Friday, 30 December 2011

Stepping out of the Christmas Nightmare

 Stepping out of the Christmas Nightmare and into the New Year

On the second day of Christmas a young man is stabbed through the heart, as shoppers battle for bargains on Oxford Street.  Across the country, parents drop exhausted from getting and spending on fashion items, electronic gadgets and software, mindful of the fact that poor children are bullied at school if they turn up without the latest consumer products. To the proverbial visitor from outer space, the collective madness of the consumerist Christmas must appear as a time of very little heartfelt joy.

For so many people Christmas is a time of great sadness. The empty chairs of families separated by premature bereavement, broken relationships and war, show up the getting and spending for what it is – at best a worthless sham. The joy of being together in good company, of giving time, not things, of putting home-made words to home-made music, of sharing sadness and joy with families, friends and community over the twelve Holy Nights: that is what a real Christmas is all about.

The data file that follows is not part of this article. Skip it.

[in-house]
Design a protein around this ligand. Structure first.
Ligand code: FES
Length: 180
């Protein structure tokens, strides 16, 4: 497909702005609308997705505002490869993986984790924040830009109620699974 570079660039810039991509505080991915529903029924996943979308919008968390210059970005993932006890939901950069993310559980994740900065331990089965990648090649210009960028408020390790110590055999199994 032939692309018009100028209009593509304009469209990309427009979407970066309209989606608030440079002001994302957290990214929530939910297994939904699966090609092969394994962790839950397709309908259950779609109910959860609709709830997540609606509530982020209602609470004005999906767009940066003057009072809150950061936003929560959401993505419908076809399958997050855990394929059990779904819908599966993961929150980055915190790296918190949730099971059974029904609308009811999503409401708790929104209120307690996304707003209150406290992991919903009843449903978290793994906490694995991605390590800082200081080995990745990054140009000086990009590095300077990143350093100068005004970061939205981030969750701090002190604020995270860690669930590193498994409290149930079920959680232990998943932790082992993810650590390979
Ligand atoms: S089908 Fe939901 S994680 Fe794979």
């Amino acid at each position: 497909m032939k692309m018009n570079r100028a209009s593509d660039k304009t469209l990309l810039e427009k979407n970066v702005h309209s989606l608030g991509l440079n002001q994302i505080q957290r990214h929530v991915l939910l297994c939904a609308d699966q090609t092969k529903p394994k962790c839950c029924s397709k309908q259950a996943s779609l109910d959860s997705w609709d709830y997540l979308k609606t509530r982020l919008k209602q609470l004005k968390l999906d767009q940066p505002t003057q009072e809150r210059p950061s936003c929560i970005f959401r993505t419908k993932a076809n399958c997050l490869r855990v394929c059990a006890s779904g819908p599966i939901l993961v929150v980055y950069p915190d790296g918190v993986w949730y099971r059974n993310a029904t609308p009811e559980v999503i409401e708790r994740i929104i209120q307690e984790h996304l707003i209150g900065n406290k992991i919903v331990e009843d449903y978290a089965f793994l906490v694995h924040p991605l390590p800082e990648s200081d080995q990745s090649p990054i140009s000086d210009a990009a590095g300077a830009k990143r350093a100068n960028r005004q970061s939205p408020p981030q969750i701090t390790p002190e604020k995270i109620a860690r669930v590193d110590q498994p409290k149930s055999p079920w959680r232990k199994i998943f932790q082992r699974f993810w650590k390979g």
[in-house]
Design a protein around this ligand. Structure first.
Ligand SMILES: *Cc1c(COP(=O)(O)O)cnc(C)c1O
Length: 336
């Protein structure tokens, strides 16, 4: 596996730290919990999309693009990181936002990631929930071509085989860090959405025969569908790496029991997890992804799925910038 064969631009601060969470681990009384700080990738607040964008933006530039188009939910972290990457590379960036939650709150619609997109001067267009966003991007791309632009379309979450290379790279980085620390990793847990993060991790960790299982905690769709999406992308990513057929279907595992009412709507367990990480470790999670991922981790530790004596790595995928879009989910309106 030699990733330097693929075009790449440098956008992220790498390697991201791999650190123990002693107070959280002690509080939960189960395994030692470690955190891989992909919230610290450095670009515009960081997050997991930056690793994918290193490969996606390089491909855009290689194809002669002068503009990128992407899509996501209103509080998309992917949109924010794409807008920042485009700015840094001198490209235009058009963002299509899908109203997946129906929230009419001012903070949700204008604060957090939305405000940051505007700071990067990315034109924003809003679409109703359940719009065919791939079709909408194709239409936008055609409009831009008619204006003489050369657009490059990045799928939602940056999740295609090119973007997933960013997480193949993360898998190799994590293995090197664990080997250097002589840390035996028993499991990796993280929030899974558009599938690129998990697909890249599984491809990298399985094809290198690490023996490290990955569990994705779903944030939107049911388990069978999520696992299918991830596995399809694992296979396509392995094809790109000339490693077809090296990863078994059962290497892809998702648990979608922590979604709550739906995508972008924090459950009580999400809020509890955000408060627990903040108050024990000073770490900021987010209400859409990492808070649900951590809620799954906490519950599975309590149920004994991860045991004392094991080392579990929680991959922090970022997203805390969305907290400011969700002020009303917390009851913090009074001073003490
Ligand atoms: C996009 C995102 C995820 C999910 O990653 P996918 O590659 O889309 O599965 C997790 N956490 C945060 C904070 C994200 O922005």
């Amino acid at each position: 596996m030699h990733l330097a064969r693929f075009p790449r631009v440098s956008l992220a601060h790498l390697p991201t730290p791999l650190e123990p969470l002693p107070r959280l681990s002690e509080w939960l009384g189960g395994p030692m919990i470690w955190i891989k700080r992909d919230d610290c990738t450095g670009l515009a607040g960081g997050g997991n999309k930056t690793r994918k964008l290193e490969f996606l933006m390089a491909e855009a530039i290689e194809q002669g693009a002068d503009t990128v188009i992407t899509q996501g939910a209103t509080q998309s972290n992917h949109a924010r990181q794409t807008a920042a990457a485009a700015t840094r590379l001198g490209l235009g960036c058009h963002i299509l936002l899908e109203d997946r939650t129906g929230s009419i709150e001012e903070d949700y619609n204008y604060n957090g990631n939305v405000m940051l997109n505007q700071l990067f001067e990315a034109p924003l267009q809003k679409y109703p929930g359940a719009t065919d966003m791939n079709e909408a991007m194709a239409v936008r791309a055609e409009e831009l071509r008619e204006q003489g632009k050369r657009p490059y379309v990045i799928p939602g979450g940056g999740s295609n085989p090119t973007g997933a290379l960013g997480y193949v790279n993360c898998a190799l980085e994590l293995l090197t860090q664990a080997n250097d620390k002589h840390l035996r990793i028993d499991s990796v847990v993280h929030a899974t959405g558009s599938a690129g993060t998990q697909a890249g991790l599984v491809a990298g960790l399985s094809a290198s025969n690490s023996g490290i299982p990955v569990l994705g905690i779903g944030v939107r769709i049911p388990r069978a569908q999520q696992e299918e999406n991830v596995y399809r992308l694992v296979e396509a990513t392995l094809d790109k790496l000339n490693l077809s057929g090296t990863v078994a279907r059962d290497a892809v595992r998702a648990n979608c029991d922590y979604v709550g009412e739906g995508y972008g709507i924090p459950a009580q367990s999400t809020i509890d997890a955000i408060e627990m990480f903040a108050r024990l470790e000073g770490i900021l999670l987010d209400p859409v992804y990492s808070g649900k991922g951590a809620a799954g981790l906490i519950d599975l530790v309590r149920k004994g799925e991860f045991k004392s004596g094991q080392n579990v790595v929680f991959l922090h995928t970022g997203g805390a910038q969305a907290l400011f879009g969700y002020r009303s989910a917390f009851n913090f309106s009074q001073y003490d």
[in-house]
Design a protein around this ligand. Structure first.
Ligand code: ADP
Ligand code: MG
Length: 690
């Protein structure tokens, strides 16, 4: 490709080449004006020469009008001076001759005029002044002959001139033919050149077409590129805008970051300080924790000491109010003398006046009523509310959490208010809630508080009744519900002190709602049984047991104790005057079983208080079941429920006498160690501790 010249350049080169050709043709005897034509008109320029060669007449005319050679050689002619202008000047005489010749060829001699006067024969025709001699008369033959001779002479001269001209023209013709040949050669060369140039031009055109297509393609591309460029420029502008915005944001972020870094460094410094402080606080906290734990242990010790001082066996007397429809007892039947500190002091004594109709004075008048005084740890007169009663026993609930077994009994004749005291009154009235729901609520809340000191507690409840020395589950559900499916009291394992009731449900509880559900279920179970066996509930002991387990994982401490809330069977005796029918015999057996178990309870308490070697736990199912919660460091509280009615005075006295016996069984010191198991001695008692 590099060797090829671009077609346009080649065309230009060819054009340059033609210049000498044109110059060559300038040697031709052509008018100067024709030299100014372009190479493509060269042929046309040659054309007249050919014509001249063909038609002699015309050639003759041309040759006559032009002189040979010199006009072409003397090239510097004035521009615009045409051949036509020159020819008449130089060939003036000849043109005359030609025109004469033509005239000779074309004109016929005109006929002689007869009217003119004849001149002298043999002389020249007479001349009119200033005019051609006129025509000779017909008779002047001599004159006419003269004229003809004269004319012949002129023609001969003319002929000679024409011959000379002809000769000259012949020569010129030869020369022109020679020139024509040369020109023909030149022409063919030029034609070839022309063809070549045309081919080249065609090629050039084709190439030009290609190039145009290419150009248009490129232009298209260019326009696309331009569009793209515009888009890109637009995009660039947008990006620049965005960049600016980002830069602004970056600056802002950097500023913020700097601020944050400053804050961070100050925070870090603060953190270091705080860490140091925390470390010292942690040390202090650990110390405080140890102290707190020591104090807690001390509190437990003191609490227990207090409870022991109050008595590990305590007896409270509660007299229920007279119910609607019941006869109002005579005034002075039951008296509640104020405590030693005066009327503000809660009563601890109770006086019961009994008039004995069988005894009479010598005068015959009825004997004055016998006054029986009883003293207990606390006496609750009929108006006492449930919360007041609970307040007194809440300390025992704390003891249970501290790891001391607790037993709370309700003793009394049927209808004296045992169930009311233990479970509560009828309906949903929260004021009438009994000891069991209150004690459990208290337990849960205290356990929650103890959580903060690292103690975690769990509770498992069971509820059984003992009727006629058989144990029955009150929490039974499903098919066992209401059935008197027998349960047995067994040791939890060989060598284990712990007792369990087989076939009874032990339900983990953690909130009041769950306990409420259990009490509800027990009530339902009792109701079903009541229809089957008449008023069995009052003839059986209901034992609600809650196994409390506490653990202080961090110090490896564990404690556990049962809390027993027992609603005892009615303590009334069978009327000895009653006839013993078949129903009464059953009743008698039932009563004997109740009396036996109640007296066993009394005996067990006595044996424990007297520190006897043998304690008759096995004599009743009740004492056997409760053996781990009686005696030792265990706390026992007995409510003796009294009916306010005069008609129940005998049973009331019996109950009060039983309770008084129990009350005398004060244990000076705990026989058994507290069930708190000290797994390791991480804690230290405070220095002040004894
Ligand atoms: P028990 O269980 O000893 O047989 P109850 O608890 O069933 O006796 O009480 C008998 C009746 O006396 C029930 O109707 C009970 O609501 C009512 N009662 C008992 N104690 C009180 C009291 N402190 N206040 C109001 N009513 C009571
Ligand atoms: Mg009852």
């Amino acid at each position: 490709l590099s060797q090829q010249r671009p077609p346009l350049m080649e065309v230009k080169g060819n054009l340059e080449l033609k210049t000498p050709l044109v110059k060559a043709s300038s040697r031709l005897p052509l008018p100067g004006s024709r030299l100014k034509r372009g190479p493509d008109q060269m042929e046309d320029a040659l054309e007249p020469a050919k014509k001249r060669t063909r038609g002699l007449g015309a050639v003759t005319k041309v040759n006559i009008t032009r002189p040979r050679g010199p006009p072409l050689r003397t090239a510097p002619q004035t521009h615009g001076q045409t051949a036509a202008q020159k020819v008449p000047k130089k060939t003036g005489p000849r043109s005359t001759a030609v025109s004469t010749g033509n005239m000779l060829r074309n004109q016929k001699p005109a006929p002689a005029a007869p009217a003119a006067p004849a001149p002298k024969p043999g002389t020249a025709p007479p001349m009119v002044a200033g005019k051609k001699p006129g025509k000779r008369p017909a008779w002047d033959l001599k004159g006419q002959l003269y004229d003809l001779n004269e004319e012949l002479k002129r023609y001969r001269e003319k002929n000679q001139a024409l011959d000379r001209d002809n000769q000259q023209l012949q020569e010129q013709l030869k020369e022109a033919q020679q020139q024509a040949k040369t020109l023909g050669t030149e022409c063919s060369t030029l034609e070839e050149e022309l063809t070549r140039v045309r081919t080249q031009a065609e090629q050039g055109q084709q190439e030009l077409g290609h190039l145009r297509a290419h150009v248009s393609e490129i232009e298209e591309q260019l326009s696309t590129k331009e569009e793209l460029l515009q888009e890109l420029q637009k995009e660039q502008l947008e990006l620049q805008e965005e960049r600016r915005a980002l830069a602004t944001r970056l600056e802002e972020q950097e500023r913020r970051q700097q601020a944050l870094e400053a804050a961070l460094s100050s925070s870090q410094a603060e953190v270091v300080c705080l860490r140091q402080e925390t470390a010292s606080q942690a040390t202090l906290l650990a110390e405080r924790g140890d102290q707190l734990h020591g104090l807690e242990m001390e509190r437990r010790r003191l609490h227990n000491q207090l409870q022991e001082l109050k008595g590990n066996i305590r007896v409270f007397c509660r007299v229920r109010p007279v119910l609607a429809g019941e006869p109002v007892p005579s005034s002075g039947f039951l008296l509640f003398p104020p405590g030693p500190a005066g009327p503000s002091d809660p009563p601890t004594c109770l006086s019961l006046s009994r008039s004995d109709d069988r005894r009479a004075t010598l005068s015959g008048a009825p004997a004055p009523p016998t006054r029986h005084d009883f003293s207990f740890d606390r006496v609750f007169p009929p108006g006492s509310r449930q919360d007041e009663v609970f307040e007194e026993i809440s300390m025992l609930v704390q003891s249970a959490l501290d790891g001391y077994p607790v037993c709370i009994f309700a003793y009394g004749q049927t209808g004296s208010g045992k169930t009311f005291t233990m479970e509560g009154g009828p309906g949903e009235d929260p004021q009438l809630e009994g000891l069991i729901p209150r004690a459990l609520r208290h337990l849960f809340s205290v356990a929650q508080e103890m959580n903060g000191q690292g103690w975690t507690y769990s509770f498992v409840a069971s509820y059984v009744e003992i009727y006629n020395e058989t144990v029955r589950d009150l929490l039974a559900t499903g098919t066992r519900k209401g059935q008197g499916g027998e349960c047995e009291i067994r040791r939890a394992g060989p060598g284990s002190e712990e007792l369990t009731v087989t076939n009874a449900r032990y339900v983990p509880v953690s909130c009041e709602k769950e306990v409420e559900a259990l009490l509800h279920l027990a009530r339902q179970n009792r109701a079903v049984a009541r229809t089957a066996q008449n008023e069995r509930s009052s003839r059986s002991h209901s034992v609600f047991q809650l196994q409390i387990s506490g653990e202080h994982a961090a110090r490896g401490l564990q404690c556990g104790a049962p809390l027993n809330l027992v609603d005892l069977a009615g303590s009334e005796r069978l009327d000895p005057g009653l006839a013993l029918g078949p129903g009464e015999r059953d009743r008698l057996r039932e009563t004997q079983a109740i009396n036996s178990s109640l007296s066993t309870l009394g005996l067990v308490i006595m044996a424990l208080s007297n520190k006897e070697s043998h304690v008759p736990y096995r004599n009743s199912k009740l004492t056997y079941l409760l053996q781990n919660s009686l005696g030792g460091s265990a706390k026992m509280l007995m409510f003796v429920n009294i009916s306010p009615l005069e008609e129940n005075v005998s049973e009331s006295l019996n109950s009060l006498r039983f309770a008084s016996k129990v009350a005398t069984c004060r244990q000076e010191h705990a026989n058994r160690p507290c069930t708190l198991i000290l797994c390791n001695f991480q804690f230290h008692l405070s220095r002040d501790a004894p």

Christmas can be a time to start the vital task of “Gardening the Soul”. As Sister Stanislaus Kennedy explains in her book of that name:

“People are tiring of the competitive consumer-driven world we live in. They are starting to ask, What can be done to reverse the trend towards extreme individualism? How can we live our lives caring for ourselves and being supportive to others?

“I believe we can only fill this gap by developing a sense of ownership of the world and times we live in. This is our time and it is up to us to choose our destinies. What happens here, now, is our responsibility. It is not a matter of doing great things: it is a matter of doing or saying small things with responsibility and courage.”

A seemingly impossible undertaking so long as we remain in thrall to the brave new technological world where, we live under the illusion that there is no alternative but to work for an economic system which we do not understand, producing goods and services which we do not really need, whilst longing for Friday, holidays and retirement. “The world is” indeed “too much with us”:

 “Getting and spending we lay waste our powers:
   Little we see in nature that is ours. …”

Two hundred years after Wordsworth put pen to paper, Sister Stanislaus draws our attention to the solid fact that “NOW is the time to live”, to step outside the make-believe world of work and consumerist desires, so that “we develop a sense of ownership of the world and the times we live in.” It is indeed up to us all individually to abandon protest and wage-slavery, seeking to “choose our destinies” for ourselves. In that way we can, with Sister Stanislaus, encourage others to “Take time to live – it’s what life is for.”

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